Scientists at Yeshiva University have been successful in preventing age-related decline in an entire organ like the liver for example. This shows that the organs of older animals functioned as efficiently as younger animals. As it is widely known, the ability of cells to get rid of damaged protein retards with age. This further causes it to accumulate in the body as a toxin and becomes more pronounced with Alzheimer’s and Parkinson’s disease.
Ana Maria Cuervo, co-author of the study, associate professor in the departments of developmental & molecular biology, medicine and anatomy & structural biology of Yeshiva’s Albert Einstein College commented, “These findings suggest that therapies for boosting protein clearance might help stave off some of the decline that accompanies old age.”
Various surveillance systems are designed in the cells of all organisms to find, digest and recycle damaged proteins. Innumerable studies have revealed that age makes these processes less efficient and protein is gradually accumulated inside the cells. However, a bone of contention is whether the contribution of this protein build-up causes the functional losses of ageing or is a mere association to these losses.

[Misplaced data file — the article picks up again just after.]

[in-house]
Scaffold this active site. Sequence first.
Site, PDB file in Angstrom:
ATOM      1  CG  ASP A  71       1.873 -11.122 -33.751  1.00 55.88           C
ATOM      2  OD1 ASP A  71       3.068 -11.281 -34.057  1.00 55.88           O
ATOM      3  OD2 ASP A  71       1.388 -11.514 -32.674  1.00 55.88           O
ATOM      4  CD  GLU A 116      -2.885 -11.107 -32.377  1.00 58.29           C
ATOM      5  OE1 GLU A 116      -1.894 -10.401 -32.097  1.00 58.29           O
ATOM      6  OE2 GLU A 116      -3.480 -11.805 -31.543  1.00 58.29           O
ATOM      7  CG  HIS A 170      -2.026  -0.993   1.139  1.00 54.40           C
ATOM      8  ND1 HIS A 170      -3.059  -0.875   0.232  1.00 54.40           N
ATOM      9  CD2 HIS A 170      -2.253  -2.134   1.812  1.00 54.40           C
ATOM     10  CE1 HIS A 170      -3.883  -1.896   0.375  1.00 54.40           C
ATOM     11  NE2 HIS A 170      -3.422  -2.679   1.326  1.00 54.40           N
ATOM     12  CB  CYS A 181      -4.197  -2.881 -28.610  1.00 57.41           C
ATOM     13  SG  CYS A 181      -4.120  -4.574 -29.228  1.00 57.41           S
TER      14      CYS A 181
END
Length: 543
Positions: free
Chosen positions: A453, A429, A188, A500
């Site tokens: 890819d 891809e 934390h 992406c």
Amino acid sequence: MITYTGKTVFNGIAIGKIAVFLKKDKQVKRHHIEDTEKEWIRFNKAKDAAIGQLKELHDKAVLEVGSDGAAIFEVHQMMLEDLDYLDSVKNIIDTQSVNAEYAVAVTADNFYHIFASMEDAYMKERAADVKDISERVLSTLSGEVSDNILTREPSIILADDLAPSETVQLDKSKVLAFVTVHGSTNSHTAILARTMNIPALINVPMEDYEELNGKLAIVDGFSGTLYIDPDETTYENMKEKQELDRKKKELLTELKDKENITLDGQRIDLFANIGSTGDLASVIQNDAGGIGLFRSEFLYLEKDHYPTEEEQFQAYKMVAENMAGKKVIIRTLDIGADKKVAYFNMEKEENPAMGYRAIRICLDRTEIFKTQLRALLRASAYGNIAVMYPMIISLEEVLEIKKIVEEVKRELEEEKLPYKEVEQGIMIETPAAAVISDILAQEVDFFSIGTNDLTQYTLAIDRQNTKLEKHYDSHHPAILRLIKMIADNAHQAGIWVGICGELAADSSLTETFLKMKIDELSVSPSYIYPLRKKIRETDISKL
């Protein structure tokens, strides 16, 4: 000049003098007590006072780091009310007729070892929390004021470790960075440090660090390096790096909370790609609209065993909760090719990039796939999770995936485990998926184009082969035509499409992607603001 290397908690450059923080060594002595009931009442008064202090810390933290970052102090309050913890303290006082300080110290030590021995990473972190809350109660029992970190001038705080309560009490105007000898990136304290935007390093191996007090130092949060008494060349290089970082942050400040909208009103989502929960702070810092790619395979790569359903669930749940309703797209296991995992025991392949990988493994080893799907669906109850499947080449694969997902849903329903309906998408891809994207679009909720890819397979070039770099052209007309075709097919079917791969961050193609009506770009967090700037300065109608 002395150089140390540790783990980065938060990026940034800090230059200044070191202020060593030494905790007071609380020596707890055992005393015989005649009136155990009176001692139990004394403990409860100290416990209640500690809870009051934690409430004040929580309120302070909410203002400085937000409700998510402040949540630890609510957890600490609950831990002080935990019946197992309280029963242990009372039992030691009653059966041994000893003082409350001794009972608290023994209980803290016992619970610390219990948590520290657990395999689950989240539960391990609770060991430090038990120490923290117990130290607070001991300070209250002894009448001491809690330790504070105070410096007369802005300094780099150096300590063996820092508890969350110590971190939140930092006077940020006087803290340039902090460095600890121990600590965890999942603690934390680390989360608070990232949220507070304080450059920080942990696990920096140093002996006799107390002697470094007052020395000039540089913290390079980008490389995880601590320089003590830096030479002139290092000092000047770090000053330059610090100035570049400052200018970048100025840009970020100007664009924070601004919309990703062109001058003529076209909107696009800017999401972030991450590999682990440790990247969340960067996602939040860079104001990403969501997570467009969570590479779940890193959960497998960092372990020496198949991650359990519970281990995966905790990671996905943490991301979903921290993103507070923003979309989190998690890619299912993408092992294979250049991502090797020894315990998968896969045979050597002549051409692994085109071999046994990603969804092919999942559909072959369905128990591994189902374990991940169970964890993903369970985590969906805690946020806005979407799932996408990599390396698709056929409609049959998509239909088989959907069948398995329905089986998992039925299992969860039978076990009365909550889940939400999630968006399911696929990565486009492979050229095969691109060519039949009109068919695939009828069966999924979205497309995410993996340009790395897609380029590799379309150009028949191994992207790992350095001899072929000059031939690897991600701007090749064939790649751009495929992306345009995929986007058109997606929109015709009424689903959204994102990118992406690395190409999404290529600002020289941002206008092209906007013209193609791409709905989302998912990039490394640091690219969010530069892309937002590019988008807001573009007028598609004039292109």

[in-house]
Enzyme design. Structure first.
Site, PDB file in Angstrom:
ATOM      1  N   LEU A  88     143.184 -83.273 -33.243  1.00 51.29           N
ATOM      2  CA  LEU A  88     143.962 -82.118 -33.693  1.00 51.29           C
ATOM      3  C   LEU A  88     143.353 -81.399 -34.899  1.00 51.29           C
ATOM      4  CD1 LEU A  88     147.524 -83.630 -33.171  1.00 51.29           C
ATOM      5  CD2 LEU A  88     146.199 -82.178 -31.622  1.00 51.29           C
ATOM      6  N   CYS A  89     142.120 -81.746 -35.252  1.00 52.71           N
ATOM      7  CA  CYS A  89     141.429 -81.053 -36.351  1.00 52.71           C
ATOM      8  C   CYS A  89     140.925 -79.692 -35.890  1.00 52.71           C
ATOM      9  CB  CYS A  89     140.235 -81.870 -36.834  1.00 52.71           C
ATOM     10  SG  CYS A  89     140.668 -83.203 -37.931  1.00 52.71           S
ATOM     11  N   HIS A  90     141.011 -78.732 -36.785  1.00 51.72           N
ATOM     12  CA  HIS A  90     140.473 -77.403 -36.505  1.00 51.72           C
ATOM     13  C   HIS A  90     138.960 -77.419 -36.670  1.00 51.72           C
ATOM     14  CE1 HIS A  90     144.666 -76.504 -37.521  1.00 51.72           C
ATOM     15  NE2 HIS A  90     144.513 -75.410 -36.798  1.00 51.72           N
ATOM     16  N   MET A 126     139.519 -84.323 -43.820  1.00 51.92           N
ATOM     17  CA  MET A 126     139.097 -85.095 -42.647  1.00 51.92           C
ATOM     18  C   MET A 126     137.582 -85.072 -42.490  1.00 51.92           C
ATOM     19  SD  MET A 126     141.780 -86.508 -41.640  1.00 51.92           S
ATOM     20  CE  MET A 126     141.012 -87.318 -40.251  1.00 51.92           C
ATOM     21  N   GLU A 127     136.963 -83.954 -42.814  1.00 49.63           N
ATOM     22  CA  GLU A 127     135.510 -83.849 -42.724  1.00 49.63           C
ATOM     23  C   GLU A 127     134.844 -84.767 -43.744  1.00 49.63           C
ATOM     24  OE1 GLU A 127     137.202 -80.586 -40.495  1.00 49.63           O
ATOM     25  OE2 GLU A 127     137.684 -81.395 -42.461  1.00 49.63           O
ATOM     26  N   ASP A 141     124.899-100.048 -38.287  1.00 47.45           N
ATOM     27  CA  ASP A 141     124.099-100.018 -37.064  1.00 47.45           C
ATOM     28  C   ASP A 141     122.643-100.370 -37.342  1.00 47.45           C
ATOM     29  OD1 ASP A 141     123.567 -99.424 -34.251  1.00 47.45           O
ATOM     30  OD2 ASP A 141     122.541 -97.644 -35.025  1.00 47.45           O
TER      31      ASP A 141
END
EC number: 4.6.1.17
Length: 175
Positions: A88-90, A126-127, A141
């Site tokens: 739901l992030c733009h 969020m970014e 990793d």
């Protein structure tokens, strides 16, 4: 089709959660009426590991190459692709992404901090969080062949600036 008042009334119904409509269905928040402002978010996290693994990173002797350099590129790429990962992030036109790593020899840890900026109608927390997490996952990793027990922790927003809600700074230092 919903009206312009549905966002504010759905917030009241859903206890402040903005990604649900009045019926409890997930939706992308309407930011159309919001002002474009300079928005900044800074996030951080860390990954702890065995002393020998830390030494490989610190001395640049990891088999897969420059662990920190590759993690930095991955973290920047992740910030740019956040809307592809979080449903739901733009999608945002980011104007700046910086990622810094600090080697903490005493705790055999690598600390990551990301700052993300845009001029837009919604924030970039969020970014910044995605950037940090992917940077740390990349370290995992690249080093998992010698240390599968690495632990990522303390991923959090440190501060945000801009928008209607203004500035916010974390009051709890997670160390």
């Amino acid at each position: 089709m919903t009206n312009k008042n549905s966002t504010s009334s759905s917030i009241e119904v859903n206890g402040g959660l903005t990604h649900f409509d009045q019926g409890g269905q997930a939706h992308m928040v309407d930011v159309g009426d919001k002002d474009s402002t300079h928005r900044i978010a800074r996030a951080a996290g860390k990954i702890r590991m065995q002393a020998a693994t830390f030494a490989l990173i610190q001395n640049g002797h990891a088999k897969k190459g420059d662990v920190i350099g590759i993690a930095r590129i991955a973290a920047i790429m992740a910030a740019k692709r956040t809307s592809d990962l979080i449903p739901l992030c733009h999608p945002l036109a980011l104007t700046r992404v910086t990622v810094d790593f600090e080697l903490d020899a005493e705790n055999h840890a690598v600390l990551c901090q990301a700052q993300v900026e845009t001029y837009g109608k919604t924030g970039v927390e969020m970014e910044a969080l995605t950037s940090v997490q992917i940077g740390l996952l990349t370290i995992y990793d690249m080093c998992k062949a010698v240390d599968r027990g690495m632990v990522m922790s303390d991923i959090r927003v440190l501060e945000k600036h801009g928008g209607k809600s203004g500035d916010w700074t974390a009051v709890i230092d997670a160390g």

Aiming to resolve this controversy, the Einstein College study found that molecules called chaperones look for damaged protein. These are responsible for handling 30 percent or more of damaged cellular protein in one of the surveillance systems. On finding such a protein, the chaperone ferries it towards one of the cell’s many membrane-bound sacs filled with enzymes namely lysosomes. The damaged protein is then drawn into the lysosome and rapidly digested by its enzymes when the chaperone and its cargo “dock” on a receptor molecule on the lysosome’s surface.
The study was conducted with a transgenic mouse model equipped with an extra gene – one that codes for the receptor that normally declines in number with increasing age. It was created by Cuervo. By simply changing the animal’s diet, another genetic manipulation was possible which allowed Cuervo at a time of her choosing to turn on this extra gene only in the liver. Before turning on the added receptor gene, Cuervo waited till the mice were six months. This kept the level of the receptor constant throughout life. At six months, the chaperone system’s efficiency begins to decline.
The mice were analyzed when they were nearly 22 to 26 months of age as this age was an approximate equivalent of 80 year old humans. The examination revealed that as against normal counterparts of the same age, transgeneric mice digested and recycled protein far more efficiently. It was just as efficient as in normal six-month old mice.
Along with Alzheimer’s, Parkinson’s, other neurodegenerative brain diseases are next on Cuervo’s list of study. She plans to find whether they can be treated by maintaining efficient protein clearance in the brain.
The study is published in the online edition of Nature Medicine.